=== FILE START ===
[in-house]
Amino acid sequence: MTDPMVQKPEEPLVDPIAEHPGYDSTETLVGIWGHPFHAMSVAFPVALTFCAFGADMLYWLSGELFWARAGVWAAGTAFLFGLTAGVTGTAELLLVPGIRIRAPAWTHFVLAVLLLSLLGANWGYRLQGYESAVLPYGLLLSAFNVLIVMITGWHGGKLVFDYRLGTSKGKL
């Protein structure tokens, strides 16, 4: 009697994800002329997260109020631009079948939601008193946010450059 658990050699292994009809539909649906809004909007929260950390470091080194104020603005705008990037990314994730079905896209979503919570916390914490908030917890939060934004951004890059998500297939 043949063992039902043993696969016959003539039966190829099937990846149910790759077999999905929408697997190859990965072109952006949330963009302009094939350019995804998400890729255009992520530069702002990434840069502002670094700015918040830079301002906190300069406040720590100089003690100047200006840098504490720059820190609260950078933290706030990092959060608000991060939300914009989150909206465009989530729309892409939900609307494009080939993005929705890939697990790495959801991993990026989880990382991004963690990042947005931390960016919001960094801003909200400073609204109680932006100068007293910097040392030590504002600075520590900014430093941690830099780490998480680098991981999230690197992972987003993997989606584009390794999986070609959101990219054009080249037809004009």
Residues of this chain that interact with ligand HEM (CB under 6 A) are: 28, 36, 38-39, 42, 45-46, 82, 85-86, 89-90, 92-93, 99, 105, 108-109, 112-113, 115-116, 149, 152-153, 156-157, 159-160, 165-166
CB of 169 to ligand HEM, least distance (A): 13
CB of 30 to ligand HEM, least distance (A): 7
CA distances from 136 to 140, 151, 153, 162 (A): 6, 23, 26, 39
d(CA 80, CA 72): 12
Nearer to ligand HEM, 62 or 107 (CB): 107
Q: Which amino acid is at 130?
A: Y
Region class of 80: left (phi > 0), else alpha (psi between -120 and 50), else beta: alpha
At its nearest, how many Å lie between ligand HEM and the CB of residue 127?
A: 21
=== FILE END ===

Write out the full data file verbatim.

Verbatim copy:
[in-house]
Amino acid sequence: MTDPMVQKPEEPLVDPIAEHPGYDSTETLVGIWGHPFHAMSVAFPVALTFCAFGADMLYWLSGELFWARAGVWAAGTAFLFGLTAGVTGTAELLLVPGIRIRAPAWTHFVLAVLLLSLLGANWGYRLQGYESAVLPYGLLLSAFNVLIVMITGWHGGKLVFDYRLGTSKGKL
């Protein structure tokens, strides 16, 4: 009697994800002329997260109020631009079948939601008193946010450059 658990050699292994009809539909649906809004909007929260950390470091080194104020603005705008990037990314994730079905896209979503919570916390914490908030917890939060934004951004890059998500297939 043949063992039902043993696969016959003539039966190829099937990846149910790759077999999905929408697997190859990965072109952006949330963009302009094939350019995804998400890729255009992520530069702002990434840069502002670094700015918040830079301002906190300069406040720590100089003690100047200006840098504490720059820190609260950078933290706030990092959060608000991060939300914009989150909206465009989530729309892409939900609307494009080939993005929705890939697990790495959801991993990026989880990382991004963690990042947005931390960016919001960094801003909200400073609204109680932006100068007293910097040392030590504002600075520590900014430093941690830099780490998480680098991981999230690197992972987003993997989606584009390794999986070609959101990219054009080249037809004009």
Residues of this chain that interact with ligand HEM (CB under 6 A) are: 28, 36, 38-39, 42, 45-46, 82, 85-86, 89-90, 92-93, 99, 105, 108-109, 112-113, 115-116, 149, 152-153, 156-157, 159-160, 165-166
CB of 169 to ligand HEM, least distance (A): 13
CB of 30 to ligand HEM, least distance (A): 7
CA distances from 136 to 140, 151, 153, 162 (A): 6, 23, 26, 39
d(CA 80, CA 72): 12
Nearer to ligand HEM, 62 or 107 (CB): 107
Q: Which amino acid is at 130?
A: Y
Region class of 80: left (phi > 0), else alpha (psi between -120 and 50), else beta: alpha
At its nearest, how many Å lie between ligand HEM and the CB of residue 127?
A: 21